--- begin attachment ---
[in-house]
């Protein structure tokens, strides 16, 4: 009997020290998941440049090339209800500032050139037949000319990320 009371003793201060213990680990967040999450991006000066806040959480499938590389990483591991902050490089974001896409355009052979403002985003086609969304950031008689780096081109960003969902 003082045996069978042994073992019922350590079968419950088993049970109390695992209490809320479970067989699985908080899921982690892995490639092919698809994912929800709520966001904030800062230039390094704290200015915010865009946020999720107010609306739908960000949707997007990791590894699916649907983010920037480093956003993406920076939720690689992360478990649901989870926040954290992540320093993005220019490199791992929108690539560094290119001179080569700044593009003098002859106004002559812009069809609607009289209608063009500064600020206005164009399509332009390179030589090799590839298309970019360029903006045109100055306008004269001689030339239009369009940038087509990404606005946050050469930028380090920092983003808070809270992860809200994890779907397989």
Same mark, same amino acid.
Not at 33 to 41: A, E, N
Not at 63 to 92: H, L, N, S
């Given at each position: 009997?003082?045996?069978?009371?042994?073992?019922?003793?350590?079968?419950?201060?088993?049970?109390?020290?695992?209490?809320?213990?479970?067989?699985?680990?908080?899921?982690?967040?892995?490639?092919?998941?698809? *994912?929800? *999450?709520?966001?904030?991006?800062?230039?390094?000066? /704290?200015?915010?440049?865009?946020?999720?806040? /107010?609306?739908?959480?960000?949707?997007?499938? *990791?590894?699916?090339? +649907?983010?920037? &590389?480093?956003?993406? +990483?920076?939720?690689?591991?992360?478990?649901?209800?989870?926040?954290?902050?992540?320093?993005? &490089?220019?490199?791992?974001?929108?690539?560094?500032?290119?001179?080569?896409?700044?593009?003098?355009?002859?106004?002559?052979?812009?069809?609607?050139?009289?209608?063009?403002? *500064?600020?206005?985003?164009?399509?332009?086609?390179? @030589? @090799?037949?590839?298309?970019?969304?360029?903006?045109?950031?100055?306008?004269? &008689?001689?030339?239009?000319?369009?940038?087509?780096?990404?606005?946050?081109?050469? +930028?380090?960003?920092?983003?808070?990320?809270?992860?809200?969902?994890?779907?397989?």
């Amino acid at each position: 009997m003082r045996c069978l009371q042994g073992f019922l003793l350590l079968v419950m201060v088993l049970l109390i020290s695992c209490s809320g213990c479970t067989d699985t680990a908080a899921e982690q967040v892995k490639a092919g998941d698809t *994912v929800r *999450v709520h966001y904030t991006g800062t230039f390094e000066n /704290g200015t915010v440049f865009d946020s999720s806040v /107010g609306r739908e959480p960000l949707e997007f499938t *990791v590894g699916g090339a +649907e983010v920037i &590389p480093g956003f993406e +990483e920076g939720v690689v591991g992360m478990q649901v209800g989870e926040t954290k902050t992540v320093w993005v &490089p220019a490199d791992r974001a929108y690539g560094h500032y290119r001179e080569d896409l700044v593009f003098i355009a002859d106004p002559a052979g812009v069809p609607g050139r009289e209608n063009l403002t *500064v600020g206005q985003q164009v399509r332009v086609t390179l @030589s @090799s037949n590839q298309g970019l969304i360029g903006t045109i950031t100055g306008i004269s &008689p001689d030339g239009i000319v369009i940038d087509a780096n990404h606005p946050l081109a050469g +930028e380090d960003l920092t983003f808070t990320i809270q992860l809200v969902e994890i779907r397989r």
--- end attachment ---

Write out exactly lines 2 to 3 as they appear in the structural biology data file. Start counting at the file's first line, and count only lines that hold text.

């Protein structure tokens, strides 16, 4: 009997020290998941440049090339209800500032050139037949000319990320 009371003793201060213990680990967040999450991006000066806040959480499938590389990483591991902050490089974001896409355009052979403002985003086609969304950031008689780096081109960003969902 003082045996069978042994073992019922350590079968419950088993049970109390695992209490809320479970067989699985908080899921982690892995490639092919698809994912929800709520966001904030800062230039390094704290200015915010865009946020999720107010609306739908960000949707997007990791590894699916649907983010920037480093956003993406920076939720690689992360478990649901989870926040954290992540320093993005220019490199791992929108690539560094290119001179080569700044593009003098002859106004002559812009069809609607009289209608063009500064600020206005164009399509332009390179030589090799590839298309970019360029903006045109100055306008004269001689030339239009369009940038087509990404606005946050050469930028380090920092983003808070809270992860809200994890779907397989």
Same mark, same amino acid.